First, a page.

Brief History of the Americans with Disabilities Act (ADA)

By Choice Engineering In Road Design No comments

The American with Disabilities Act’s name may give the idea that it only protects Americans. This is far from the truth.  In fact, provisions for this act are more inclusive and benefits any person with disabilities in the United States, whether they live in this country or are visitors to any region. The ADA is one of the most comprehensive civil rights legislations that protects people from discrimination. It helps guarantee that people with disabilities have a fair chance, the same as everyone else, to get a job, to shop for the things they need, and to participate in government programs and services.

The act was signed on July 26, 1990, by President George H.W. Bush. Yes, Jeb’s dad. It was patterned after the Civil Rights Act, an equal opportunity law to protect the disabled. Yes, this law was enacted eight months after the Berlin wall came tumbling down. This was a time when the world was becoming more sensitive to mankind’s needs, we all seemed to be more caring and understanding of one another. It was an age of enlightenment and thoughtfulness!!?

The ADA was implemented to protect all with disabilities. Definition of a disability was intentionally made broad and vague so it could be more inclusive. It is defined as a physical or mental impairment that substantially limits one or more major life activities and applies to a person who has a history or record of such an impairment or a person who is perceived by others as having such an impairment.

As we move forward and as an ADA Specialist, I hope that we all remember the meaning and intent of ADA and that we all can be more enlightened and sensitive to the needs of those with disabilities. When we design a roadway project or prepare a safety studies, please keep in mind those who will be impacted by it, from the elderly grandmother needing a walker to go shopping for groceries at the super market, to the man recuperating from heart surgery, to the wheel chair bound veteran who became a paraplegic because of the tragedies of war. We are designing for all, including the people with Disabilities.

Here are a few links to help with some question you may have. If you still do not understand something about ADA requirement for FDOT, please do not hesitate to reach out to me.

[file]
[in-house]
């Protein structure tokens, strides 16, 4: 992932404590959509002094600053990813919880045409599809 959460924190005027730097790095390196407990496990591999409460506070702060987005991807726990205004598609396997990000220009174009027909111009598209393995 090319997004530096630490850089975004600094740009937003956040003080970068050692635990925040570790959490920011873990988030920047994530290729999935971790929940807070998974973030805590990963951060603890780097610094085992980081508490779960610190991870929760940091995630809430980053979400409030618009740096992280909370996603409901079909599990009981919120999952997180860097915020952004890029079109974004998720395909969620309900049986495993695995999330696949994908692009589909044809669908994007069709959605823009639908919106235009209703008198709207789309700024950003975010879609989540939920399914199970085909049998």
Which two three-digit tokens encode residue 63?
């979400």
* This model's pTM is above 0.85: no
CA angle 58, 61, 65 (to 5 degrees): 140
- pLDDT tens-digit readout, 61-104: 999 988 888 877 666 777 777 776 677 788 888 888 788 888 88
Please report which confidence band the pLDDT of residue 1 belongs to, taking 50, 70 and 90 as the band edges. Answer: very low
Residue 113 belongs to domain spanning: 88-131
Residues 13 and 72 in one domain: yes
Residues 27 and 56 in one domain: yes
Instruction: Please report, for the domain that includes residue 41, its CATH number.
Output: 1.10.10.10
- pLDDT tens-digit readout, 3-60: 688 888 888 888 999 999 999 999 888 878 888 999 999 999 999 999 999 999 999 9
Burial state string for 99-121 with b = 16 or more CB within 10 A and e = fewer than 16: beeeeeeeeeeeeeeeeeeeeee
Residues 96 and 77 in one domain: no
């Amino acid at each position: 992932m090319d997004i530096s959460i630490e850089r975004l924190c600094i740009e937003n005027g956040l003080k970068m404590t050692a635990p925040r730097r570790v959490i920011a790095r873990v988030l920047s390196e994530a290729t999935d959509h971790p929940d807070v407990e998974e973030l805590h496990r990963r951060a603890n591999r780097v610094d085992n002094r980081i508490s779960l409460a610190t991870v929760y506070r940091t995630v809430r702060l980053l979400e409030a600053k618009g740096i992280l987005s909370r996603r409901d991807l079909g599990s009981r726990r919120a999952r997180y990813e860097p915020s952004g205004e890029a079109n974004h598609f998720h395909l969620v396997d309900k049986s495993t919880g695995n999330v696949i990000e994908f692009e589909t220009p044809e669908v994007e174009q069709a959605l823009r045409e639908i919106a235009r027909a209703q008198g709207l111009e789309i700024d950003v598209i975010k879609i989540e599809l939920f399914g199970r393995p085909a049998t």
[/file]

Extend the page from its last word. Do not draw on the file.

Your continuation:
Leo Francis
Senior Designer

You should also go thru the basic ADA training, this is a power point prepared by Central Office, see link below: https://www.fdot.gov/docs/default-source/roadway/ada/ADA-101-2017.pdf

Standard Plans:

102-660: TTCP – Sidewalk Closure https://fdotwww.blob.core.windows.net/sitefinity/docs/default-source/design/standardplans/2022/idx/102-660.pdf

522-001: Sidewalk – https://fdotwww.blob.core.windows.net/sitefinity/docs/default-source/design/standardplans/2022/idx/522-001.pdf?

522-002: Detectable Warnings and Sidewalk Curb Ramps – https://fdotwww.blob.core.windows.net/sitefinity/docs/default-source/design/standardplans/2022/idx/522-002.pdf?

D528-001: Directional Indicator – https://fdotwww.blob.core.windows.net/sitefinity/docs/default-source/design/standardplans/dev/d528-001.pdf?sfvrsn=b491d1d3_6

646-001 – Aluminum Post and Pedestal Mounted Pedestrian Detectors and Signals https://fdotwww.blob.core.windows.net/sitefinity/docs/default-source/design/standardplans/2022/idx/646-001.pdf?

665-001 – Pedestrian Detector Assembly Installation Details https://fdotwww.blob.core.windows.net/sitefinity/docs/default-source/design/standardplans/2022/idx/665-001.pdf?

 

FDOT Design Manual (FDM):

222 – Pedestrian Facilities  https://fdotwww.blob.core.windows.net/sitefinity/docs/default-source/roadway/fdm/2021/2021fdm222peds.pdf?

224 – Shared Use Paths  https://fdotwww.blob.core.windows.net/sitefinity/docs/default-source/roadway/fdm/2021/2021fdm224sharedusepaths.pdf?

225 – Public Transit Facilities  https://fdotwww.blob.core.windows.net/sitefinity/docs/default-source/roadway/fdm/2021/2021fdm225transit.pdf?

 

Additional ADA standards are: Public Rights of Way Accessibility Guidelines (PROWAG), ADA Standards for Transportation Facilities (ADASTF) and ADA Standards for Accessible Design (ADASAD), see links below:

PROWAG: https://www.access-board.gov/prowag/

ADASTF: https://www.access-board.gov/guidelines-and-standards/transportation/facilities/ada-standards-for-transportation-facilities/

ADASAD: https://www.ada.gov/regs2010/2010ADAStandards/2010ADAstandards.htm and https://www.access-board.gov/ada/